# Prove the identity $\sum_{i=0}^n {n \choose i} i = n2^{n-1}$ with the identity $\sum_{k=0}^n \binom{n}{k}=2^n.$

Prove the identity $\sum_{i=0}^n {n \choose i} i = n2^{n-1}$ with the identity $\sum_{k=0}^n \binom{n}{k}=2^n.$

I have already used calculus (differentiating both sides of the original identity) as one method, but I need help trying to do another.

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You can do this by simply manipulating the combinatorial term.

$${n \choose i} i = \frac{i\cdot n!}{(n-i)!\cdot i!} = \frac{n!}{(n-i)!\cdot (i-1)!} = n\frac{(n-1)!}{((n-1)-(i-1))!\cdot (i-1)!}$$ (Notice that $((n-1)-(i-1)) = (n-i)$).

Then $$\sum_{i=0}^n {n\choose i}i = n\sum_{i=0}^n {n-1 \choose i-1} = n\sum_{i=0}^{n-1} {n-1\choose i} = n2^{n-1}$$

$\newcommand{\angles}[1]{\left\langle\,{#1}\,\right\rangle} \newcommand{\braces}[1]{\left\lbrace\,{#1}\,\right\rbrace} \newcommand{\bracks}[1]{\left\lbrack\,{#1}\,\right\rbrack} \newcommand{\dd}{\mathrm{d}} \newcommand{\ds}[1]{\displaystyle{#1}} \newcommand{\expo}[1]{\,\mathrm{e}^{#1}\,} \newcommand{\half}{{1 \over 2}} \newcommand{\ic}{\mathrm{i}} \newcommand{\iff}{\Longleftrightarrow} \newcommand{\imp}{\Longrightarrow} \newcommand{\Li}[1]{\,\mathrm{Li}_{#1}} \newcommand{\mc}[1]{\mathcal{#1}} \newcommand{\mrm}[1]{\mathrm{#1}} \newcommand{\ol}[1]{\overline{#1}} \newcommand{\pars}[1]{\left(\,{#1}\,\right)} \newcommand{\partiald}[3][]{\frac{\partial^{#1} #2}{\partial #3^{#1}}} \newcommand{\root}[2][]{\,\sqrt[#1]{\,{#2}\,}\,} \newcommand{\totald}[3][]{\frac{\mathrm{d}^{#1} #2}{\mathrm{d} #3^{#1}}} \newcommand{\ul}[1]{\underline{#1}} \newcommand{\verts}[1]{\left\vert\,{#1}\,\right\vert}$ \begin{align} \color{#f00}{\sum_{i = 0}^{n}{n \choose i}i} & = \half\bracks{\sum_{i = 0}^{n}{n \choose i}i + \sum_{i = 0}^{n}{n \choose n - i}\pars{n - i}}\qquad\pars{~Reflection~} \\[5mm] & = \half\,n\sum_{i = 0}^{n}{n \choose i}\qquad\qquad\qquad\pars{~\mbox{because}\ {n \choose i} = {n \choose n - i}~} \\[5mm] & = \half\,n\pars{2^{n}} = \color{#f00}{n\,2^{n - 1}} \end{align}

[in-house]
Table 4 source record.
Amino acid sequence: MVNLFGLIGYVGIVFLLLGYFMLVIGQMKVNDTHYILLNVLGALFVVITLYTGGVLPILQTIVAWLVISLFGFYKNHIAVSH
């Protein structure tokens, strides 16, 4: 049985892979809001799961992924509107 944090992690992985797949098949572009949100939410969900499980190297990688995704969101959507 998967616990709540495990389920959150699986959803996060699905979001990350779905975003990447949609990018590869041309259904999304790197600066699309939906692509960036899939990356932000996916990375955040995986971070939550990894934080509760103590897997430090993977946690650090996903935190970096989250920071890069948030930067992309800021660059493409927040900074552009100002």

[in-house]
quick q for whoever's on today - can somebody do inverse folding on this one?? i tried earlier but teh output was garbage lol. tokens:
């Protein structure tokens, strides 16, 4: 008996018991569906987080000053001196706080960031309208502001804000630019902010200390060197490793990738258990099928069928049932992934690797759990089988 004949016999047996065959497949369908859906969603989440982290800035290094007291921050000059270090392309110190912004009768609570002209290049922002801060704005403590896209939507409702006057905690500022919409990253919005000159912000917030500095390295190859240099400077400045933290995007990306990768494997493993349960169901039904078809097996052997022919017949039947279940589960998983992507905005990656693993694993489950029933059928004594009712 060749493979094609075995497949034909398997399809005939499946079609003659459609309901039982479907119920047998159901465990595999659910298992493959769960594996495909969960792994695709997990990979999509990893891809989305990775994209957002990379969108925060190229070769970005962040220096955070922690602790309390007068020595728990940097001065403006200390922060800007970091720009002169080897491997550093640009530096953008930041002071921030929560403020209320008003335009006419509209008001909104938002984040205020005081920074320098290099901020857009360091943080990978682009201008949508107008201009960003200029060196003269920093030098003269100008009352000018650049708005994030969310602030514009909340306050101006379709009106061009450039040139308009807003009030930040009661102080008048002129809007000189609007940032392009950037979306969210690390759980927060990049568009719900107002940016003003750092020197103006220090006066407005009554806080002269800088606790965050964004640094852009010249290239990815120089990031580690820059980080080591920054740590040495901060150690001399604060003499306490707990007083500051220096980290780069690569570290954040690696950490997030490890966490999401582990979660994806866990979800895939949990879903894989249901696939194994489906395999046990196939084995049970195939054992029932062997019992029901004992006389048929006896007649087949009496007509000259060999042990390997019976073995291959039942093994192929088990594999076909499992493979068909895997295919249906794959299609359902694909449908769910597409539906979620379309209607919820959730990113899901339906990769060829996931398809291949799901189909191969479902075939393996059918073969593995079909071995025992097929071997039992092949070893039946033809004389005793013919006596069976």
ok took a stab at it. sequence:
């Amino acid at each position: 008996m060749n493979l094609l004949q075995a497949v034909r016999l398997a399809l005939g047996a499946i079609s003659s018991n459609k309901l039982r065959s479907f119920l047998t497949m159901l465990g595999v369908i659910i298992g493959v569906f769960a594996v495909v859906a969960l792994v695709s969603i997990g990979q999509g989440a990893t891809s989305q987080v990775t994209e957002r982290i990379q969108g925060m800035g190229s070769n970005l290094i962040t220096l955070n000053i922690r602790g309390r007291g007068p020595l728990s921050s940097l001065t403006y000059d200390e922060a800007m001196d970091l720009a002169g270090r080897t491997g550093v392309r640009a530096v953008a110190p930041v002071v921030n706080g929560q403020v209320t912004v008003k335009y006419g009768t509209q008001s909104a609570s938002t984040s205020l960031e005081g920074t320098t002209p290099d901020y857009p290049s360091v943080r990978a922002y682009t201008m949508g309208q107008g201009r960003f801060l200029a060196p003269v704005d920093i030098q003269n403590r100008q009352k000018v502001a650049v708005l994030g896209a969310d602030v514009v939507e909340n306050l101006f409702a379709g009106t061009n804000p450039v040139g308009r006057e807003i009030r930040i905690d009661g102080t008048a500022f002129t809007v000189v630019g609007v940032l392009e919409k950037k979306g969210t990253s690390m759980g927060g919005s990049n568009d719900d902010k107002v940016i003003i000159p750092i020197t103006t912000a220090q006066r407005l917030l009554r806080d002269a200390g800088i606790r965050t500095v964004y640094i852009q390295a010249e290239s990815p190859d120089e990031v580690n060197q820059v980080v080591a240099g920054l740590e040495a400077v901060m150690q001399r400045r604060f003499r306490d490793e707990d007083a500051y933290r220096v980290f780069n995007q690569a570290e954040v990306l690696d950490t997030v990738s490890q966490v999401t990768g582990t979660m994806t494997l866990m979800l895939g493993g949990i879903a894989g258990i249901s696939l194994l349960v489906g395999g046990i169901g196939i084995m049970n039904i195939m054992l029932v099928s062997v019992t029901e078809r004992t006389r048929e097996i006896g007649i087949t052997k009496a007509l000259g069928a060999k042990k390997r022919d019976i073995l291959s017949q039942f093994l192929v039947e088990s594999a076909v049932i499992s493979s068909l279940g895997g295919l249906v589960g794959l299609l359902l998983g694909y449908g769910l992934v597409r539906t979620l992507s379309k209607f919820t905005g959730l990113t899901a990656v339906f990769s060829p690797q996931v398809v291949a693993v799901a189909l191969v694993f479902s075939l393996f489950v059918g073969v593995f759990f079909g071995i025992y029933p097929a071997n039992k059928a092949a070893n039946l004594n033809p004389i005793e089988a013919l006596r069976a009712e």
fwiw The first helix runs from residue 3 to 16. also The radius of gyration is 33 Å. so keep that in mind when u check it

Note that $\ds{\sum_{i = 0}^{n}a_{i} = \sum_{i = -n}^{0}a_{i + n} = \sum_{i = n}^{0}a_{-i + n} = \sum_{i = 0}^{n}a_{n - i}\implies \sum_{i = 0}^{n}a_{i} = \half\sum_{i = 0}^{n}\pars{a_{i} + a_{n - i}}}$.

• Nice answer! Much simpler than mine. – jiyanez Sep 14 '16 at 4:26
• @jiyanez Thanks. 'Symmetries' are always useful. – Felix Marin Sep 14 '16 at 4:30
• Could you please explain how n/i = n/n-i? – user193203821309 Sep 14 '16 at 12:03
• @differentialequation $${n \choose i} = {n! \over i!\,\left(n - i\right)!} = {n! \over \left(n - i\right)!\,\left[n - \left(n - i\right)\right]!} = {n \choose n - i}$$ – Felix Marin Sep 14 '16 at 19:46